Teamsters think it's a terrific idea to levy a tiny tax on financial transactions to raise money for public needs and discourage reckless speculation.
Friends-of-labor Sen Tom Harkin (D-Iowa) and Rep. Peter DeFazio (D-Ore.) today filed a bill today that would impose a tax of 0.03 percent on trades of stocks, bonds, futures, options, swaps, credit default swaps and other complex financial instruments.
Here are eight reasons why this is a good idea:
- It will raise $40 billion in public money.
- The U.S. financial industry is seriously undertaxed and oversubsidized. Citigroup, Bank of America and Goldman Sachs pay virtually no corporate tax, while the 10 biggest banks get $89 billion in subsidies.
- A small tax would make financial markets more efficient. Explains the peerless Dean Baker: "The modest tax would discourage an enormous amount of short-term trading while having almost no impact on the ability of markets to finance productive investment. The cost of the tax would be born almost entirely by the financial industry, since for most investors the money saved as a result of lower trading volume will offset the higher cost of trades."
- It would discourage high-frequency trading, which is dangerous and rips off individual investors.
- It's already working in two dozen countries, according to the Center for American Progress: "...financial transaction taxes already operate in at least 23 countries around the world—including in international financial centers such as the United Kingdom, Switzerland, Hong Kong, and Japan—and that number is about to grow. On January 22, 2013, 11 of the European Union’s 27 member countries, including France, Germany, and Italy, indicated their intention to initiate a financial transaction tax. As the policy nears implementation, other EU countries are certain to get on board. Of the world’s major financial centers, only the United States has no tax on financial trading.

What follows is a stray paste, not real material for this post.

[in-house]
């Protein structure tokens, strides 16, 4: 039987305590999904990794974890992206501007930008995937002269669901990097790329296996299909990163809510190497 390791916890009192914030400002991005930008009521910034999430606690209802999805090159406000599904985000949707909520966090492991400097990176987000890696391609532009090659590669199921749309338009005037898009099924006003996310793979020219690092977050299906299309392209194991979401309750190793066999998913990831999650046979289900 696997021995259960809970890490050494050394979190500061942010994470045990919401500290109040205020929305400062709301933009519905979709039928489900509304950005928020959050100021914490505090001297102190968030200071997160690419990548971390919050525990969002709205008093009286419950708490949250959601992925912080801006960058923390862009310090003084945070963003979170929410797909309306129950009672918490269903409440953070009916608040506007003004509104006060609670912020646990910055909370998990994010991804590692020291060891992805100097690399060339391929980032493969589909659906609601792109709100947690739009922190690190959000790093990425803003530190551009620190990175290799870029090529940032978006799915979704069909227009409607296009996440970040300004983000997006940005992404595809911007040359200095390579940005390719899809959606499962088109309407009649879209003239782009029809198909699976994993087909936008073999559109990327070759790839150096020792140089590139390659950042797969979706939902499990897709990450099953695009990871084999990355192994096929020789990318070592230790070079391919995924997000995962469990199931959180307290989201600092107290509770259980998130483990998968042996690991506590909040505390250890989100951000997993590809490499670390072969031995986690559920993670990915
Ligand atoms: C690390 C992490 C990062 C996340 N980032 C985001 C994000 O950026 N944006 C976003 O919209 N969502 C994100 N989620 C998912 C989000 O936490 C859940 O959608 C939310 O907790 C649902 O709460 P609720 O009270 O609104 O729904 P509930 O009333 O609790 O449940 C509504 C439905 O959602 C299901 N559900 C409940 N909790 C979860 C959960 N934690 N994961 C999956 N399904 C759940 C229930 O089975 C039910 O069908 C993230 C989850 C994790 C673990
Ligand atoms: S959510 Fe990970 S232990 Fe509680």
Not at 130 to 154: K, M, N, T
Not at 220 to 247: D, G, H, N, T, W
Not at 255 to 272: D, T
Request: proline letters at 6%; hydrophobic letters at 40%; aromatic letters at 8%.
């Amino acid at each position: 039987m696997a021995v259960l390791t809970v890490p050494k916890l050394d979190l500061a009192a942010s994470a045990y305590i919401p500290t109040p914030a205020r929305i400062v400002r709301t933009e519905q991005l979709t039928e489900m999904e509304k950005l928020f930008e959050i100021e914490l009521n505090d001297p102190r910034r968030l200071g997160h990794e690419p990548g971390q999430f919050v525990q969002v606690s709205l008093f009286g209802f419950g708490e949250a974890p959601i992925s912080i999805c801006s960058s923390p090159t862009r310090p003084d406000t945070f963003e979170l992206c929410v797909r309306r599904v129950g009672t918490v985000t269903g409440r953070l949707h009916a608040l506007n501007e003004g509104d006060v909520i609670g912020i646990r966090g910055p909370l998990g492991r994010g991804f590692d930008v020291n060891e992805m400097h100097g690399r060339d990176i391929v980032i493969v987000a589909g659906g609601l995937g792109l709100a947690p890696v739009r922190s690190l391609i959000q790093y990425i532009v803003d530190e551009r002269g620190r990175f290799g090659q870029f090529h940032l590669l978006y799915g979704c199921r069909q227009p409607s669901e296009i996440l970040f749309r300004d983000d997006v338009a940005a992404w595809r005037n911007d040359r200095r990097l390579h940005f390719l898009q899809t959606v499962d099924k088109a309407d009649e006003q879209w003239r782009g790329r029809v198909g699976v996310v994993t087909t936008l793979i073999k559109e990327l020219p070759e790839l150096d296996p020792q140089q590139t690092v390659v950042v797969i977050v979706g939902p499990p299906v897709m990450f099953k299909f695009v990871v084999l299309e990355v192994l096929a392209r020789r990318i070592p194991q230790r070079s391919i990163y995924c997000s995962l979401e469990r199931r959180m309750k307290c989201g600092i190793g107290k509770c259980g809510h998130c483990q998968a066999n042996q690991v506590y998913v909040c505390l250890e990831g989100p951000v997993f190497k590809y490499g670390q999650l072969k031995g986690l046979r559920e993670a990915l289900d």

Benedict ArnoldKoch brothers' phony think tanks hate it.
- So does the swinish Jamie Dimon.
- It will weaken the power of
great vampire squid wrapped around the face of humanity, relentlessly jamming its blood funnel into anything that smells like moneyGoldman Sachs and the other too-big-to-fail banks.